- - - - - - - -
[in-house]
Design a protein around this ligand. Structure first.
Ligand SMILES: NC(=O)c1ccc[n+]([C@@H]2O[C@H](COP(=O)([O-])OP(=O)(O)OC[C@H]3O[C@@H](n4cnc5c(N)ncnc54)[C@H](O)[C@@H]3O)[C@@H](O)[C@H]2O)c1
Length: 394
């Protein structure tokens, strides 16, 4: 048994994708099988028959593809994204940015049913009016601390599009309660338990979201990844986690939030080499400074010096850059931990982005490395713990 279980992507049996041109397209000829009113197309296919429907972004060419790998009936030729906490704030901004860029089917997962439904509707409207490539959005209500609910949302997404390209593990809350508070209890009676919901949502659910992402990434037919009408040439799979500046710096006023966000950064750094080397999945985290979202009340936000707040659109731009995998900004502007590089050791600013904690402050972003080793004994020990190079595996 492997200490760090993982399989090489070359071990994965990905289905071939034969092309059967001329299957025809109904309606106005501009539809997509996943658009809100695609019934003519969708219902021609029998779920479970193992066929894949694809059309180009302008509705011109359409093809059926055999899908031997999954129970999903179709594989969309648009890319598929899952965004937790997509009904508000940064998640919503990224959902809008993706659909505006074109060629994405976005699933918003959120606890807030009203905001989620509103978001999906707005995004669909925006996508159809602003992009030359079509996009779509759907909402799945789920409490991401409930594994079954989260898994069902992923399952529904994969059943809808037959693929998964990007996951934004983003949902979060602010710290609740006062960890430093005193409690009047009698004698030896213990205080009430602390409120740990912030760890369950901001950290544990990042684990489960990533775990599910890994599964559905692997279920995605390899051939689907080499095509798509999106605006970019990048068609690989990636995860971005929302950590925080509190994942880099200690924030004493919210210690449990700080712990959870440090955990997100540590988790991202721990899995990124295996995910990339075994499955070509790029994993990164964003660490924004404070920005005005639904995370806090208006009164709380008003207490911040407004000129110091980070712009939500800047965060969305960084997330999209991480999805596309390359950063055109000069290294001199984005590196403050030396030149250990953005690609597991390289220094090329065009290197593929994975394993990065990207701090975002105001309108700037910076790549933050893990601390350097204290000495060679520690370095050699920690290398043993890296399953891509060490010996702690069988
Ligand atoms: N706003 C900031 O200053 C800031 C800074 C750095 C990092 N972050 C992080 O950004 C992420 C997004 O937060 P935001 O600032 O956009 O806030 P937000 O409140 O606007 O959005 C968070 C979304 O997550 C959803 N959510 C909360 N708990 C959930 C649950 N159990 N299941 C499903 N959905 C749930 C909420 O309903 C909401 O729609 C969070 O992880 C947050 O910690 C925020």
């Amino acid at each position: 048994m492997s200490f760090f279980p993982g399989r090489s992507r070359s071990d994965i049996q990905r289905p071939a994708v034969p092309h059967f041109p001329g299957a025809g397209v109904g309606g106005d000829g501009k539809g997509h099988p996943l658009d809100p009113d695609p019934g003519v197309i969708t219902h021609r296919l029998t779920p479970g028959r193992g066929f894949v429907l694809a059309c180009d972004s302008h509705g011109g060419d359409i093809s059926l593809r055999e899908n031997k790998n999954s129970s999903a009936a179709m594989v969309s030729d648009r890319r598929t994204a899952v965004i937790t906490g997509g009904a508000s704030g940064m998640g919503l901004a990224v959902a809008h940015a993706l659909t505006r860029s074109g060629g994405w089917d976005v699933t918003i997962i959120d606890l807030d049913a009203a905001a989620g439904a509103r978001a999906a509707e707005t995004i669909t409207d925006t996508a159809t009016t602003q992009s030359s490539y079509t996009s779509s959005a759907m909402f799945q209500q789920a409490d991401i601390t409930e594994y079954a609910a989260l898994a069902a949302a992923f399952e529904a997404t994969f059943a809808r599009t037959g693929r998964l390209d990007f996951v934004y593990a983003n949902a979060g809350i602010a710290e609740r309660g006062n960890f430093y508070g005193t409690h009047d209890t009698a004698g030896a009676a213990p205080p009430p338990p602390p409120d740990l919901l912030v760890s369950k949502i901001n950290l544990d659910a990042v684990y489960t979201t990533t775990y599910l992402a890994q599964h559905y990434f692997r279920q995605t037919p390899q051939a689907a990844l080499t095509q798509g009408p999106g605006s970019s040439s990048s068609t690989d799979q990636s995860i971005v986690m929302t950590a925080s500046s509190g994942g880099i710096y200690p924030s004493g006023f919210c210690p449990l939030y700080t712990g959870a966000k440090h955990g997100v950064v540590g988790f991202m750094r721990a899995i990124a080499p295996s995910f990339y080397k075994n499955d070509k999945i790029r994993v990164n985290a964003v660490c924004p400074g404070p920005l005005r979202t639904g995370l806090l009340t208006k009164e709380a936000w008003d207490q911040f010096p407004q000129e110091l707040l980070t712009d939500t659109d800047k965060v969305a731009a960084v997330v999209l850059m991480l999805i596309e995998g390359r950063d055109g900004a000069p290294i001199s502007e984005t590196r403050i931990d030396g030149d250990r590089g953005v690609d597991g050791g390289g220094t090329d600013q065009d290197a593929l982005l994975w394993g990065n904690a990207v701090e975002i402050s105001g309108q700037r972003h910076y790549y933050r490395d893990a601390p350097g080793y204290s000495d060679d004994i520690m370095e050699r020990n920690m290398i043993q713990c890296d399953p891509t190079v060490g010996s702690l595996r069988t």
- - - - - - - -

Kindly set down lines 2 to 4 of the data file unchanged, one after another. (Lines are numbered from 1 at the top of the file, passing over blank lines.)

Design a protein around this ligand. Structure first.
Ligand SMILES: NC(=O)c1ccc[n+]([C@@H]2O[C@H](COP(=O)([O-])OP(=O)(O)OC[C@H]3O[C@@H](n4cnc5c(N)ncnc54)[C@H](O)[C@@H]3O)[C@@H](O)[C@H]2O)c1
Length: 394